According to a study in the journal Science, a vegan diet is the single most effective way for individuals to minimize their environmental impact. Eating a vegetarian or vegan diet does require planning to ensure a sufficient amount of protein is consumed, but the standard American diet is actually too rich in protein. Nutritionally and environmentally speaking, most meat eaters need to cut down. But switching to a vegan diet is a significant lifestyle change that many people are not willing or even able to make.

But the good news is you don’t have to take an all-or-nothing approach to do your part: You don’t have to be vegan to eat less meat than you do now. If your family usually has meat with every meal, try eating one vegetarian meal per day, or give Meatless Monday a go. Try shifting the balance on your plate; instead of a piece of meat with a side salad, try a dinner salad with a bit of meat. Even changing which meats you eat can make an environmental difference — beef produces more greenhouse gases than pork, which produces more than chicken.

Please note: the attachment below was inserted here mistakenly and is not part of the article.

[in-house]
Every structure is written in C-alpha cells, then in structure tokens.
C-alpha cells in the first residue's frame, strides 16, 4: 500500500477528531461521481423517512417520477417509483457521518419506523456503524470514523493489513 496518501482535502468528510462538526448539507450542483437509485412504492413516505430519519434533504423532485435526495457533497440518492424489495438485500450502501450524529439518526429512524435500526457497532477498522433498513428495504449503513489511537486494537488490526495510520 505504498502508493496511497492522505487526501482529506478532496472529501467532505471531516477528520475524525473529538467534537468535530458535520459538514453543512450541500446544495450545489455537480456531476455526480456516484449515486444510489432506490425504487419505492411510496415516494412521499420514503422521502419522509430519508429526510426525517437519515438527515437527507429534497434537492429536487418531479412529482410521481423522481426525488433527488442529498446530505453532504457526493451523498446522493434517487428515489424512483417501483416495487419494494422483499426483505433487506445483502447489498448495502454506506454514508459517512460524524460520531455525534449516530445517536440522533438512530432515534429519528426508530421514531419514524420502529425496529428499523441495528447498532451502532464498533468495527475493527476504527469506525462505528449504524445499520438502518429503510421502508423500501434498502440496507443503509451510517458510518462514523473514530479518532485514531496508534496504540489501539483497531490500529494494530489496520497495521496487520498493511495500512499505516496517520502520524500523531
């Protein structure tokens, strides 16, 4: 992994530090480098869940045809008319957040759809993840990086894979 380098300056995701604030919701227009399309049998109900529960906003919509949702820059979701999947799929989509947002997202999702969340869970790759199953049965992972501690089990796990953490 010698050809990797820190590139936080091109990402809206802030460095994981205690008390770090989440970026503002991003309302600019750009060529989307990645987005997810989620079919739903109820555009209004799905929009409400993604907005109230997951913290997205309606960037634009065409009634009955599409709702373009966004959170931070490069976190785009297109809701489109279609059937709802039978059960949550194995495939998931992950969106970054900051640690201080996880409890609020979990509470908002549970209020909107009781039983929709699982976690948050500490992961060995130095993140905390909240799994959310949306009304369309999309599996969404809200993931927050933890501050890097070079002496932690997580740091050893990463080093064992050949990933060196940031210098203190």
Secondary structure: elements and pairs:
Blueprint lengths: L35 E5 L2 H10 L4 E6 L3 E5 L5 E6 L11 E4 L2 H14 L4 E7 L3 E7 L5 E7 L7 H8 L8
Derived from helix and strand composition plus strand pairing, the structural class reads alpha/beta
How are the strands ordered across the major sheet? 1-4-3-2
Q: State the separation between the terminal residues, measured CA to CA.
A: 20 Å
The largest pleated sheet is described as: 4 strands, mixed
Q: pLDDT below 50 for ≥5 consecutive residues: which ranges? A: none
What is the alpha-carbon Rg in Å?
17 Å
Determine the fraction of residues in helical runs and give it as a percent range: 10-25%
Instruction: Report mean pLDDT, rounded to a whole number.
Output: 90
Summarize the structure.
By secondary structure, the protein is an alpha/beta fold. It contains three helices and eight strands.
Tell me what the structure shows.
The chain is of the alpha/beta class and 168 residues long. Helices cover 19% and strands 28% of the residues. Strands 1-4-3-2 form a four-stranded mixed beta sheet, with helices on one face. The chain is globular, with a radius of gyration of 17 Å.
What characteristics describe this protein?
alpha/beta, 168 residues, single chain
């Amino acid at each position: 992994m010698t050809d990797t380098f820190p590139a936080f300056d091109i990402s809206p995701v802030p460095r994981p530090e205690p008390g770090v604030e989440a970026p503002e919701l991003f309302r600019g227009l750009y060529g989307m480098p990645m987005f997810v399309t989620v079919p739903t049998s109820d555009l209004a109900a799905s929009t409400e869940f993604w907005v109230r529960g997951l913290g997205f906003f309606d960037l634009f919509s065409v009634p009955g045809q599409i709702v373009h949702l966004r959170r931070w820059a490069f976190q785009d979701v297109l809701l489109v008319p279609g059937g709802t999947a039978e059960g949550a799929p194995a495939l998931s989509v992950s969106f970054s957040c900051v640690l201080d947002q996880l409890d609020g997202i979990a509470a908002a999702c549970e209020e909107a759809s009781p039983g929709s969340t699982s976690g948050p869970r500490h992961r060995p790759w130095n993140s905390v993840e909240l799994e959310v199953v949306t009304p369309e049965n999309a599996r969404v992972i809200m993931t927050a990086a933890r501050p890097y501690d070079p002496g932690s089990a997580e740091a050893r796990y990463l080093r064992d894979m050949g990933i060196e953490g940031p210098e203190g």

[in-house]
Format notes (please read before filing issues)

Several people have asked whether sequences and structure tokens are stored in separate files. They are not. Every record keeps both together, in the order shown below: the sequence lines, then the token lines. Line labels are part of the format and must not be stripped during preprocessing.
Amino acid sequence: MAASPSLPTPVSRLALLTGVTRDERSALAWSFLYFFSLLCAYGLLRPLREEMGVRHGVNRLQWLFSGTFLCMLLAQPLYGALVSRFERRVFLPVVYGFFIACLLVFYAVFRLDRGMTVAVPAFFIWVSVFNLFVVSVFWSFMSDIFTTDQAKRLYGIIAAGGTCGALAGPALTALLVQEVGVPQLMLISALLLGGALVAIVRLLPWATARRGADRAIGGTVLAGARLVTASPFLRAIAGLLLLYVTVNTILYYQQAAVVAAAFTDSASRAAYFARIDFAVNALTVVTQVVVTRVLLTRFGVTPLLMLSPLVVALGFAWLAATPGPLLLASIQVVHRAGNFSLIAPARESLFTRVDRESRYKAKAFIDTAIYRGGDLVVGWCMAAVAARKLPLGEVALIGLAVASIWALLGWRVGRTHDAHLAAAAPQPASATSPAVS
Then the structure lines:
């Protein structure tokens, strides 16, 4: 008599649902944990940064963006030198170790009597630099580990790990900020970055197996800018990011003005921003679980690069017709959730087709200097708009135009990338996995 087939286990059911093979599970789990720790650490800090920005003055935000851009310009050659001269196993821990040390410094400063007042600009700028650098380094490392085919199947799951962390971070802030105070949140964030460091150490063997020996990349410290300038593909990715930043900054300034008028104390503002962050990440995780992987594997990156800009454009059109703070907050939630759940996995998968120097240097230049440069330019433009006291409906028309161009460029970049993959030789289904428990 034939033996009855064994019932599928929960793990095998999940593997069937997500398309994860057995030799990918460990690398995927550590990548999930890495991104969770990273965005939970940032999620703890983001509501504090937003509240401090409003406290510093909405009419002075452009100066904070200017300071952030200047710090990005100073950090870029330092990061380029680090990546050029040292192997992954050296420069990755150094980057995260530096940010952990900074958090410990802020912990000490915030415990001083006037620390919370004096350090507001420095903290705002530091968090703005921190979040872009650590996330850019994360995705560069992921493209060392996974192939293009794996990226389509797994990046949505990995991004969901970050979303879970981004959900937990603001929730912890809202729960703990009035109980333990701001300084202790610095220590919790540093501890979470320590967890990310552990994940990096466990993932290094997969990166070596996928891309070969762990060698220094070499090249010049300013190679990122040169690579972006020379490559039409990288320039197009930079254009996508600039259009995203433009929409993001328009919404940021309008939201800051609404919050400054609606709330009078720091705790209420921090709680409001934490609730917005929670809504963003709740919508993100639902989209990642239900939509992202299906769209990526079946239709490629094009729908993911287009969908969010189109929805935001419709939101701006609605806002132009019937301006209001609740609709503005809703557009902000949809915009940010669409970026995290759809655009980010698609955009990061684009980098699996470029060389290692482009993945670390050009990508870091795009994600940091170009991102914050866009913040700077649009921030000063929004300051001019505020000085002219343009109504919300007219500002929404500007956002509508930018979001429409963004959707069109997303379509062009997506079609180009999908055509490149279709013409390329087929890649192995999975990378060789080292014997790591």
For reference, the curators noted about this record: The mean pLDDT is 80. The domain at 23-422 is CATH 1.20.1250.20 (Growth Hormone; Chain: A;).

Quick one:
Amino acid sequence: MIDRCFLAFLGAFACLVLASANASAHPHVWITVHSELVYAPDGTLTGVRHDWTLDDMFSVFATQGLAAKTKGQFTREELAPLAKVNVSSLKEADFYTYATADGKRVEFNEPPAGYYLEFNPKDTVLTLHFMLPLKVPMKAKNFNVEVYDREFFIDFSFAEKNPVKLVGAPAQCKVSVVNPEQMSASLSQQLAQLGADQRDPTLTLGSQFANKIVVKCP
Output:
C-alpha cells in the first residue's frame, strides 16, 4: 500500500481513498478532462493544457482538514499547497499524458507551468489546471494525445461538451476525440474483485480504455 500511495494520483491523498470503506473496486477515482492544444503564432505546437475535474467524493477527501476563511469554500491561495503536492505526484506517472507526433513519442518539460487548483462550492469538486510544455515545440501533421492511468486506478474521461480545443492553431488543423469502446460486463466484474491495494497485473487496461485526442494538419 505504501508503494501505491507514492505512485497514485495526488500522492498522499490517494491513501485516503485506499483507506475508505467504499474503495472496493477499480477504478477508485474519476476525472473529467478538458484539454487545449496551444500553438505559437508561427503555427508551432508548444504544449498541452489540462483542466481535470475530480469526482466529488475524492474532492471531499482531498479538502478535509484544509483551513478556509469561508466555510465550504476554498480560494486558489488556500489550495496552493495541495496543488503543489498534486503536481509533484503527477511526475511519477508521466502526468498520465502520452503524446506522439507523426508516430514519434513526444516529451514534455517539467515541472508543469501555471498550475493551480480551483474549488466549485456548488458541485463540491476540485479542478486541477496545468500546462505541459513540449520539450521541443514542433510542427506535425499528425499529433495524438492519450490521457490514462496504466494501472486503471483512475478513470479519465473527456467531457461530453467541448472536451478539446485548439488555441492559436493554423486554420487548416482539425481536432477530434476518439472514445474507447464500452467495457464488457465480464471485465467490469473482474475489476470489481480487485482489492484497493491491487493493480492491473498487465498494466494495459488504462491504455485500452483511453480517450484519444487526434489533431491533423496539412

3. Buy organic.

Many people buy organic food to avoid exposure to and pollution from pesticides. And there is controversy over whether switching to organic farming would reduce climate change or actually increase net greenhouse gas emissions. But even if organic farming isn’t the magic bullet many people hope for, it does promote healthy soil, increasing the soil’s capacity to sequester carbon dioxide as a huge carbon sink. When it’s available and if you can afford it, buy organic. 

5 Reasons to Join a CSA